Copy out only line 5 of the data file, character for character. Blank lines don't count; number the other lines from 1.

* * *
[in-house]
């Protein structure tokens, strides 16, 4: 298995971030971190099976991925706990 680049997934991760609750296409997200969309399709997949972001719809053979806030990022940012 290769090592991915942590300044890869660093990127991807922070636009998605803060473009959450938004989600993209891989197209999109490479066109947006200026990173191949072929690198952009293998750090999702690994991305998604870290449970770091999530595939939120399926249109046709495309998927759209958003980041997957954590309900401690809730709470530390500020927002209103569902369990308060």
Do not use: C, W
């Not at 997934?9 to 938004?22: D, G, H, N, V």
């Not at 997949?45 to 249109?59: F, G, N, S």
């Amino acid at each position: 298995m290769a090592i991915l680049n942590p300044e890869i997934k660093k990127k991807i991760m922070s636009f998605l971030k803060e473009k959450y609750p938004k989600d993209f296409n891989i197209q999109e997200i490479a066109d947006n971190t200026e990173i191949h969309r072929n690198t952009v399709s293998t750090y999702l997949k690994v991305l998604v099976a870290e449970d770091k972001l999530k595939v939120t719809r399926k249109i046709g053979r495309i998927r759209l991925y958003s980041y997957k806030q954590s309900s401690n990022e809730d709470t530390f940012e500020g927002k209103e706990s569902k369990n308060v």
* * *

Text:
């Not at 997949?45 to 249109?59: F, G, N, S």